different, as it always depends on how much customers we are having.

During my training I also got to do a PADI Open Water Diver course, which was free for trainees. I was able to go diving almost weekly, which was great! I will definitely continue diving in the future and maybe do an Advanced course as well.
I have really enjoyed my time here in Raya Yai. We had a small but great team on a small but a great island and I wouldn’t have it any other way!

From Munich With Love

I spent five months in Munich University of Applied Sciences, Germany, studying in the winter semester 2017/2018. The semester started on the beginning of September with a two-week voluntary German intensive course.

Marienplaz

Munich is Bavarias biggest city and locates in the southern Germany near the Alps so it offers a beatiful landscape for exhange studies. The highlights of my time in Munich were definitely the Oktoberfest and our ski trip to Austrian Alps.

Munich University of Applied Sciences “MUAS” offers a great variety of courses in many different departments. My courses were from tourism and general studies departments. I choose ten courses in total including the German intensive course before the actual courses. My general studies were business English courses which were quite useful and at the end of the semester I had an opportunity to do UNIcert -certificate in English.

Oktoberfest

In MUAS there is two types of courses: regular once every week classes and so called block courses which can take place for one weekend or two days or for more ETCS’s a week. This makes the course planning and scheduling quite challenging because usually the teachers don’t approve if you miss classes. But I fortunately managed to take all of the courses I needed.

Germany and Munich offers a lot of freetime activities inside the city but also in the near by areas. One of my favourite place in Munich is the English Garden where you can also surf in artificial waves! In the summertime there’s many beergartens everywhere. Before our brake in December we rented a van and drove to the Alps to ski with other exhange students!

English Garden

Compared to Finland, studying in MUAS is a bit more intensive since most of the teachers and professors are very strict with attendance. Ofcourse every course is different and it’s understandable that you cant miss a day from a two-day course. I experienced that I had enough freetime during my studies even some courses were more demanding.  Most of my courses were very dynamic and the teaching style was conversational which was nice.

Austrian Alps

Welkom in België

I am going to be studying here in Belgium for 10 months all together! 5 months behind, 5 are now ahead.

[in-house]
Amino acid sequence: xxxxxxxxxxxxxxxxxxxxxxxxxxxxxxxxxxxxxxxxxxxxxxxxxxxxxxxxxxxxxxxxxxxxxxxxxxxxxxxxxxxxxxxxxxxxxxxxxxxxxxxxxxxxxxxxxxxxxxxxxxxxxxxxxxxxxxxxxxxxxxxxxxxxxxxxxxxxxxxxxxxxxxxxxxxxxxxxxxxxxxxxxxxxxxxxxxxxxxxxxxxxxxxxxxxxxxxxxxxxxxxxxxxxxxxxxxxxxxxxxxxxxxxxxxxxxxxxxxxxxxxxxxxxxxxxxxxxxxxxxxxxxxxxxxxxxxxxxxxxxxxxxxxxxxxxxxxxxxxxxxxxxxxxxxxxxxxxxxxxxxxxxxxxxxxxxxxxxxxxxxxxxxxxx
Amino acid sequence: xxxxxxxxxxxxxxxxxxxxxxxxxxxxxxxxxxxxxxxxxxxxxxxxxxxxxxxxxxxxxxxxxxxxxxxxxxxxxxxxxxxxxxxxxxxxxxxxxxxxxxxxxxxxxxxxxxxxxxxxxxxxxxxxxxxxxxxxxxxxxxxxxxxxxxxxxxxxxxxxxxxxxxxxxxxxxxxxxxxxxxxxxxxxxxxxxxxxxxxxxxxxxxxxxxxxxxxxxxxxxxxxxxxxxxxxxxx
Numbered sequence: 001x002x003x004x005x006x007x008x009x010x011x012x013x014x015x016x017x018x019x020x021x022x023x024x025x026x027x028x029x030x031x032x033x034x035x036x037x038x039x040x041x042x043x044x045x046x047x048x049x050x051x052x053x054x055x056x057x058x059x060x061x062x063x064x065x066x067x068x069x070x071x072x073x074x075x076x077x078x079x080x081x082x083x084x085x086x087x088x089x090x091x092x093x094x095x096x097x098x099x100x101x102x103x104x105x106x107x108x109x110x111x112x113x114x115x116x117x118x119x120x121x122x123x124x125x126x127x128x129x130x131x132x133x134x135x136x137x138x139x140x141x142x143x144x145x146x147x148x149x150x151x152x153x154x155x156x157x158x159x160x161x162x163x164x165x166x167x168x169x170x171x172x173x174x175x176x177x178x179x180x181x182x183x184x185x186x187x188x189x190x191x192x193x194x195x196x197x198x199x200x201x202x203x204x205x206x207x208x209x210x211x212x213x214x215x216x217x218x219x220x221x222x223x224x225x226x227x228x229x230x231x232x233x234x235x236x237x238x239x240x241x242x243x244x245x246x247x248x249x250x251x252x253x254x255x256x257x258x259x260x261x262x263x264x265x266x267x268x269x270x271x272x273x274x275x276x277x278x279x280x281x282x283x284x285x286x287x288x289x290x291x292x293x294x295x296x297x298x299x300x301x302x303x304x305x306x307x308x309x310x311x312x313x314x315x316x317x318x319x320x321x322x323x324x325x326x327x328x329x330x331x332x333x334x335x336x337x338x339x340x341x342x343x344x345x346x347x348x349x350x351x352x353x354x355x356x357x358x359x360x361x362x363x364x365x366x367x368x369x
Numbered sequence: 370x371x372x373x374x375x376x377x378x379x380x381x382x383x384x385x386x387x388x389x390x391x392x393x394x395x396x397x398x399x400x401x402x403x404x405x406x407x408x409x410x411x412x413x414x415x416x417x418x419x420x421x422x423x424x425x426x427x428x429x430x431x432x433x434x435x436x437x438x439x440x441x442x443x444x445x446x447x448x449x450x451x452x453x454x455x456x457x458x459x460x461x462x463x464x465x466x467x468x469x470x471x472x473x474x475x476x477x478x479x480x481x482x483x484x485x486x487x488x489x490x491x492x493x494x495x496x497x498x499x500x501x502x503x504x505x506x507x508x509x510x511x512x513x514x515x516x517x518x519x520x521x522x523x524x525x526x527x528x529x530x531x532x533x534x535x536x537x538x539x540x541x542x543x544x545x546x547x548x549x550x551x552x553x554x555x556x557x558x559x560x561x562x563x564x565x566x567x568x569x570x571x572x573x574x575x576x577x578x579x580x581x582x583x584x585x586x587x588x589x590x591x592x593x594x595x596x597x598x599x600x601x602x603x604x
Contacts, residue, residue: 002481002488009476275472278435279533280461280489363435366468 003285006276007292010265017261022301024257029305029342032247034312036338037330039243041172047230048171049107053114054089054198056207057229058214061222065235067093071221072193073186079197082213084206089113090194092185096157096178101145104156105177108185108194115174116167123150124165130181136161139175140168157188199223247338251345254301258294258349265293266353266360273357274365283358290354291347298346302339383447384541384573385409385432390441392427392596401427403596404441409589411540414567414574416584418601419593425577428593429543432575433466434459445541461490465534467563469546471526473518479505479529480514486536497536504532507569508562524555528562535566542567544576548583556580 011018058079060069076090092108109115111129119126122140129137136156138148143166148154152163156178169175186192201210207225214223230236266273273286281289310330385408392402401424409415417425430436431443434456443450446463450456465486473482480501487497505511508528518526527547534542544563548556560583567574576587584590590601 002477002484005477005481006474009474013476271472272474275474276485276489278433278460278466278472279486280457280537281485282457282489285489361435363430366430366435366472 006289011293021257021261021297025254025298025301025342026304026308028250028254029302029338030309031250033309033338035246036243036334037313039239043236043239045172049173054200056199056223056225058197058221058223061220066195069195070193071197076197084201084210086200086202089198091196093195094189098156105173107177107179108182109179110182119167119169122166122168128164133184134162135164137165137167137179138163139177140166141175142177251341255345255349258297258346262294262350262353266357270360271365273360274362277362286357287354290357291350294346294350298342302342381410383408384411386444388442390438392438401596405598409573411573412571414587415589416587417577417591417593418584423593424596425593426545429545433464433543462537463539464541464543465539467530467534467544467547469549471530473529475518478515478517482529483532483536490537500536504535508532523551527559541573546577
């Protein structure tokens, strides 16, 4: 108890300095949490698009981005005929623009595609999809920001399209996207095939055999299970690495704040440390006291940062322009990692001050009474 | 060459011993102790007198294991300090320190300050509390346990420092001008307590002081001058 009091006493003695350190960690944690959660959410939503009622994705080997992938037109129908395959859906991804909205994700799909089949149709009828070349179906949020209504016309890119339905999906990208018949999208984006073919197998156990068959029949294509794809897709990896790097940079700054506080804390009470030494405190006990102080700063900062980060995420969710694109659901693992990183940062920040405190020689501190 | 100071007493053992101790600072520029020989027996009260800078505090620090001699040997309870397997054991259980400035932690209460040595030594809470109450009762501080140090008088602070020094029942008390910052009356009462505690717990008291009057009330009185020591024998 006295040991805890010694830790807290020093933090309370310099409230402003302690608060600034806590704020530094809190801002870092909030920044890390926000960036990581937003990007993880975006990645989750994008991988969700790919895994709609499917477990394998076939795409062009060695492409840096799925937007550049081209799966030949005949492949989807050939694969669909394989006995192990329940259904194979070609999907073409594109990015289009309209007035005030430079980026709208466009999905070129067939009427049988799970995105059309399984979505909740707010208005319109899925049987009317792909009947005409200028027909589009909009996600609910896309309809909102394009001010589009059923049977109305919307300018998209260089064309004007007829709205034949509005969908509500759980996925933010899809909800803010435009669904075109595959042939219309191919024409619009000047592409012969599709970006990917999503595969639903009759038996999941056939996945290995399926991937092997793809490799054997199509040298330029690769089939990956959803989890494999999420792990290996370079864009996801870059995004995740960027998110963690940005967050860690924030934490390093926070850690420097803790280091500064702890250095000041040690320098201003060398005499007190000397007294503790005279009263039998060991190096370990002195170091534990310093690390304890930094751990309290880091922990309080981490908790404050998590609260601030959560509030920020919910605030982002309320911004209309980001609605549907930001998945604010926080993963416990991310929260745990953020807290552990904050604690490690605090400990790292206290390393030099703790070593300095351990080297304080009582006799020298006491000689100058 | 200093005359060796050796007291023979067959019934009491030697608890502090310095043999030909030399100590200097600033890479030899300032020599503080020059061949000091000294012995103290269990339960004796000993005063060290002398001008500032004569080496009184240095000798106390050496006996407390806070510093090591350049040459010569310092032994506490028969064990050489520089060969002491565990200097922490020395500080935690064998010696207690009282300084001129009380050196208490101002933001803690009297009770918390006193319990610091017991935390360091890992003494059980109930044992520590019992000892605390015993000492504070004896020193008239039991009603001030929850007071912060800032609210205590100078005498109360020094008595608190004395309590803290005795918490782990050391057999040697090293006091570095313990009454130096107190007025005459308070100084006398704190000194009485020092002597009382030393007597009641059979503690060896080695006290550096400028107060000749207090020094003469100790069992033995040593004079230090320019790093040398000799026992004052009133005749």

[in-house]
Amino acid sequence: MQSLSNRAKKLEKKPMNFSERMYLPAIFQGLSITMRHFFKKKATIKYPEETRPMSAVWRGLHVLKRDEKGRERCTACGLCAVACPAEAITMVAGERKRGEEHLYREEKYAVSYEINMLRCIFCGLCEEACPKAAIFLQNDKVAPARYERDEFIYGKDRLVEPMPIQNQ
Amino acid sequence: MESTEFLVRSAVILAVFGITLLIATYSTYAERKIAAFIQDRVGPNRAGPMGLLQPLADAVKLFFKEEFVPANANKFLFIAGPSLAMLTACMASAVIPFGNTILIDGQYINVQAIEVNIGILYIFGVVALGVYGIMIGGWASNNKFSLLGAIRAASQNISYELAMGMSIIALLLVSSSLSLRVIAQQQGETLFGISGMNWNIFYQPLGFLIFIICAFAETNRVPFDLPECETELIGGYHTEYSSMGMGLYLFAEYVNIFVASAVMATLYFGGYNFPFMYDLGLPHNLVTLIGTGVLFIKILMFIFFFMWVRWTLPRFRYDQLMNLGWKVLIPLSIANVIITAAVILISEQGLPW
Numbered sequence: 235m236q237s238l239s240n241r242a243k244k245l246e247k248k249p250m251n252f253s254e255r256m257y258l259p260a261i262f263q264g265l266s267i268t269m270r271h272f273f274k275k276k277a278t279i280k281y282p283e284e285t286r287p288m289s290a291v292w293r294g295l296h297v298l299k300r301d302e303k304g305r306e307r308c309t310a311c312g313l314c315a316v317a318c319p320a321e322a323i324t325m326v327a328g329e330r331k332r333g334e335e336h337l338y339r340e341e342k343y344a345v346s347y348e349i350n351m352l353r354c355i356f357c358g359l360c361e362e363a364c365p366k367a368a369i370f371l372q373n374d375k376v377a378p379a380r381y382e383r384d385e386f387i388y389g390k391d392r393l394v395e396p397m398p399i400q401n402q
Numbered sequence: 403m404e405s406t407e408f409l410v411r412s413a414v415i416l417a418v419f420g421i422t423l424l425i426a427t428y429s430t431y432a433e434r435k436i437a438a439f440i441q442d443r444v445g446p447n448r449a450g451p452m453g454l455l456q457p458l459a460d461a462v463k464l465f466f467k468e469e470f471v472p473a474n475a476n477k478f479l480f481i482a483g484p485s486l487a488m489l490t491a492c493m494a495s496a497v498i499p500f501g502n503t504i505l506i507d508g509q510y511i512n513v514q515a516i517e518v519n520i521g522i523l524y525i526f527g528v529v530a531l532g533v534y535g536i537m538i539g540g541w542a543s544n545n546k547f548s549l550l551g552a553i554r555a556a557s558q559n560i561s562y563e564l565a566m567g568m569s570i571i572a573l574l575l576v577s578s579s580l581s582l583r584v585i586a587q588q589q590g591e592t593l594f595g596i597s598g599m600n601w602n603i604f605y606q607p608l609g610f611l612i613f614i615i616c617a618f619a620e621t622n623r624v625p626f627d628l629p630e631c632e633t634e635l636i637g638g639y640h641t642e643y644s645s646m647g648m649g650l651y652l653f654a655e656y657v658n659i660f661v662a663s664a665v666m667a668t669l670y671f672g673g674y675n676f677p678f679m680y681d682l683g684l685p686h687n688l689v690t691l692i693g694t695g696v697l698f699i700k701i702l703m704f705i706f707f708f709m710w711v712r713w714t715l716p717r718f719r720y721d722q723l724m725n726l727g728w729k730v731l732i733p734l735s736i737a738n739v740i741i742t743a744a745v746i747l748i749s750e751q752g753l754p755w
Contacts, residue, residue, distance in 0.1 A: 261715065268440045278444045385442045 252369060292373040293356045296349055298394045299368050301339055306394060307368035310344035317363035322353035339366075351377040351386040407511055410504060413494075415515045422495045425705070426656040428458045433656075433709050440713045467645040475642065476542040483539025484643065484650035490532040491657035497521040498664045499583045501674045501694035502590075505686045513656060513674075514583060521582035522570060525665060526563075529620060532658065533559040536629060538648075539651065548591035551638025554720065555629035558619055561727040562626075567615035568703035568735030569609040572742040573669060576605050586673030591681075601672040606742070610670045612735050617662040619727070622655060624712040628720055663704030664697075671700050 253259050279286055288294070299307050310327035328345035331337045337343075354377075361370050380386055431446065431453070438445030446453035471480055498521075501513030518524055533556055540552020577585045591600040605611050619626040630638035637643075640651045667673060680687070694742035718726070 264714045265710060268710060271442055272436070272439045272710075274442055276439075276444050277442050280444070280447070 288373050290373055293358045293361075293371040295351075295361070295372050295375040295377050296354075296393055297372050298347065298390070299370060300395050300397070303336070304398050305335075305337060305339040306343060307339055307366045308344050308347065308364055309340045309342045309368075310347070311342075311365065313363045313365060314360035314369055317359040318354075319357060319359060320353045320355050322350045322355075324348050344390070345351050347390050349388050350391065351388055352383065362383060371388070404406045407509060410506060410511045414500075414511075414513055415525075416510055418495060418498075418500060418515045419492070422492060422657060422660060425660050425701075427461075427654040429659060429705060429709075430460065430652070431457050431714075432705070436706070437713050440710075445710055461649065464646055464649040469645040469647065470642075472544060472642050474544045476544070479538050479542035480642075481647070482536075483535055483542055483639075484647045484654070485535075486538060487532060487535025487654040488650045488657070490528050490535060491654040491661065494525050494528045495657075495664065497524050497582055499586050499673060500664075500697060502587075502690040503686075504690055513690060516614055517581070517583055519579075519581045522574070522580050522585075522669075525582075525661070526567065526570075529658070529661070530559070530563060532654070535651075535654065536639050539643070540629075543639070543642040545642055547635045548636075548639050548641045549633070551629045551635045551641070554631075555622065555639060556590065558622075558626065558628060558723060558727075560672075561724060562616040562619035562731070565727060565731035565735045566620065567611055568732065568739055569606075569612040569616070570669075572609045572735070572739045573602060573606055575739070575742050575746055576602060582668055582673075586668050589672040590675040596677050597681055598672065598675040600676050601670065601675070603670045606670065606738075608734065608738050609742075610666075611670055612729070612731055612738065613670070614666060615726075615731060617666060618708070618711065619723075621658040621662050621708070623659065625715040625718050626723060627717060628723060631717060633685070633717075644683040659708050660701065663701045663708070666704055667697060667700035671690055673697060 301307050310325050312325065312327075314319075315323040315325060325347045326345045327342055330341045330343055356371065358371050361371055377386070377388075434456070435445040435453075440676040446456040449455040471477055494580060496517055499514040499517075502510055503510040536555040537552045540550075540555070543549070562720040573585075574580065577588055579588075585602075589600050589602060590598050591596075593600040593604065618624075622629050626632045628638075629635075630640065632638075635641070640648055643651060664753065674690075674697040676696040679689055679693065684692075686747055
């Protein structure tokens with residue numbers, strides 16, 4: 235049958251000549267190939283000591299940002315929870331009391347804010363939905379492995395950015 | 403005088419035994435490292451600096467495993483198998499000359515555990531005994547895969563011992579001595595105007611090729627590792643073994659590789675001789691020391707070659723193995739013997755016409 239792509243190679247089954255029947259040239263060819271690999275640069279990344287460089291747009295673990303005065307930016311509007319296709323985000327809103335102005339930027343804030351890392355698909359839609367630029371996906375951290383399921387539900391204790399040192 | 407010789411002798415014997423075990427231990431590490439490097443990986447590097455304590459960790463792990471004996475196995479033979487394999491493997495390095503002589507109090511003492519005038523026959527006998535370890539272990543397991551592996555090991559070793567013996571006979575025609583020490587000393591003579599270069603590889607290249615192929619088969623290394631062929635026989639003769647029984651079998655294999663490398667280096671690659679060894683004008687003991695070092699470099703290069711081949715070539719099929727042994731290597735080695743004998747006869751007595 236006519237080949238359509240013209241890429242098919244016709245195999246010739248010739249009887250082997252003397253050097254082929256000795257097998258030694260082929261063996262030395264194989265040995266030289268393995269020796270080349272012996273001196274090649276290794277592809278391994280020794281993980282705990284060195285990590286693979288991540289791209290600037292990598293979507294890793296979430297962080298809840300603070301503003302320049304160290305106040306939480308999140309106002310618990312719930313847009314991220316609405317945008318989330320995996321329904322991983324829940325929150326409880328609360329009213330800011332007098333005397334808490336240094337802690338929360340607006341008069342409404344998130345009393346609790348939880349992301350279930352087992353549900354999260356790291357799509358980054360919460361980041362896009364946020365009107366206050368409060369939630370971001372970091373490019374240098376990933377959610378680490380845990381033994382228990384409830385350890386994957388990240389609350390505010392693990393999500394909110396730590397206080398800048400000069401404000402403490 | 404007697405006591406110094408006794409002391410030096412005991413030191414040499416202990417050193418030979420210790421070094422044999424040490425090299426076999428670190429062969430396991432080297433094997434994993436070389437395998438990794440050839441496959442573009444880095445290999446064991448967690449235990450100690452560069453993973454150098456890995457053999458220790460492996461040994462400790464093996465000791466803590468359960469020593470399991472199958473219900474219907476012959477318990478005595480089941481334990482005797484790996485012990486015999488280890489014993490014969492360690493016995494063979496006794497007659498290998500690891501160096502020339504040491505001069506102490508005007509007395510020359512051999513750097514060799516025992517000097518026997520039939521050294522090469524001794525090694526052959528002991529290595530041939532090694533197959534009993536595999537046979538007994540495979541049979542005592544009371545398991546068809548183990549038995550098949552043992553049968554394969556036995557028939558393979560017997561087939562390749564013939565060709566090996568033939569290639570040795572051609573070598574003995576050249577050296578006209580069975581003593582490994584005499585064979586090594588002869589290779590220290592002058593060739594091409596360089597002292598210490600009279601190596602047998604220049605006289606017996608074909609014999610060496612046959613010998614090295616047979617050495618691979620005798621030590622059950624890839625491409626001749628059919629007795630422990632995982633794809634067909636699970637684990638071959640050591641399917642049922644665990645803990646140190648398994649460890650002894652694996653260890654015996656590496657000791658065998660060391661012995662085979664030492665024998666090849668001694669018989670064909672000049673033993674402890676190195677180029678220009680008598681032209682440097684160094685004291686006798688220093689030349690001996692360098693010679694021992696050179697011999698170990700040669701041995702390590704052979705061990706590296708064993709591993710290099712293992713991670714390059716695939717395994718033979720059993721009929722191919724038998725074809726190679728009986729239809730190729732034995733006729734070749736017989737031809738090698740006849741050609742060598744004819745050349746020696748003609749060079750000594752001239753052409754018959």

First town that I got to live in was called Kortrijk (literally nobody knows of this city, nobody) and it is a small town that has about 70 000 inhabitants. The area is quite big, but the city center itself is quite small. Some restaurants and shops can be found, but if you would want to do something, smarter to just go to visit for example Gent, Antwerpen or maybe Brugge. Best part about Belgium is the fact that it is such a small country, you can travel to any city with the train at it takes max. one and a half hours!

At home I am studying Hospitality Management, but in Kortrijk my studies mostly contained from business. Nice little change and it is connected in some ways to my own studies.

Course selection was not so big and many courses were cancelled for some reason in the beginning, which was a big disappointment for me, because all the courses I wanted to take and were connected the most to my field were the ones that got cancelled. But anyway I feel like I have learned some new things.

The study part is quite the same here as it is Finland! A lot of team works, quite many presentations and some exams. Big difference is that in Finland in one semester I might have maybe 3-4 courses but here I had about 10-11. Also something new for me was doing an oral exam, never have had those in Finland.

I think that quite sums up my semester! Now getting ready for my next semester which I will be doing in Brugge.

Viszontlátására Magyarország és szia Finnország!

Goodbye Hungary and hello Finland! My exchange is about to end and it has definitely been an experience that I wouldn’t change. I am studying in Metropolitan University for five months for Tourism and Catering services. I had a bit of fuss around my learning agreement and I had to redo it quite a few times and I ended up taking classes from Business as well in Tourism. I also studied Hungarian language and Middle European history to increase my knowledge. So many of my friends questioned my decision to study Hungarian, but to say I didn’t regret it. It was interesting and it is nice to understand at least a bit of the surrounding country.